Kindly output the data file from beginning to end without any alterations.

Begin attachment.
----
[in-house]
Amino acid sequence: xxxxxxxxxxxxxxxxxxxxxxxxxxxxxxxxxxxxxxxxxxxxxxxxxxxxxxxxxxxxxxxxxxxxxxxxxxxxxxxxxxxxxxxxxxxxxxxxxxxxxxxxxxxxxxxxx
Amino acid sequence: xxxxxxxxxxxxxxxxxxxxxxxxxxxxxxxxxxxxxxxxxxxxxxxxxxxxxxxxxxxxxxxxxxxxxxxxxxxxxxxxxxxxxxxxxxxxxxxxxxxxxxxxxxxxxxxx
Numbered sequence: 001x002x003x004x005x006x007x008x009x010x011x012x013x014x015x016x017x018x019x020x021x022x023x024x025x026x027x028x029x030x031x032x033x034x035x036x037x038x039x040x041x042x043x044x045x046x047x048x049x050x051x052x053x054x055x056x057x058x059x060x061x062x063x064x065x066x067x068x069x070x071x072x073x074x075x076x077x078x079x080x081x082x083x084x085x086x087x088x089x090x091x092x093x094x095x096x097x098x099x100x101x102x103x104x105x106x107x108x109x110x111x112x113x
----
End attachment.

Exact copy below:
[in-house]
Amino acid sequence: xxxxxxxxxxxxxxxxxxxxxxxxxxxxxxxxxxxxxxxxxxxxxxxxxxxxxxxxxxxxxxxxxxxxxxxxxxxxxxxxxxxxxxxxxxxxxxxxxxxxxxxxxxxxxxxxx
Amino acid sequence: xxxxxxxxxxxxxxxxxxxxxxxxxxxxxxxxxxxxxxxxxxxxxxxxxxxxxxxxxxxxxxxxxxxxxxxxxxxxxxxxxxxxxxxxxxxxxxxxxxxxxxxxxxxxxxxx
Numbered sequence: 001x002x003x004x005x006x007x008x009x010x011x012x013x014x015x016x017x018x019x020x021x022x023x024x025x026x027x028x029x030x031x032x033x034x035x036x037x038x039x040x041x042x043x044x045x046x047x048x049x050x051x052x053x054x055x056x057x058x059x060x061x062x063x064x065x066x067x068x069x070x071x072x073x074x075x076x077x078x079x080x081x082x083x084x085x086x087x088x089x090x091x092x093x094x095x096x097x098x099x100x101x102x103x104x105x106x107x108x109x110x111x112x113x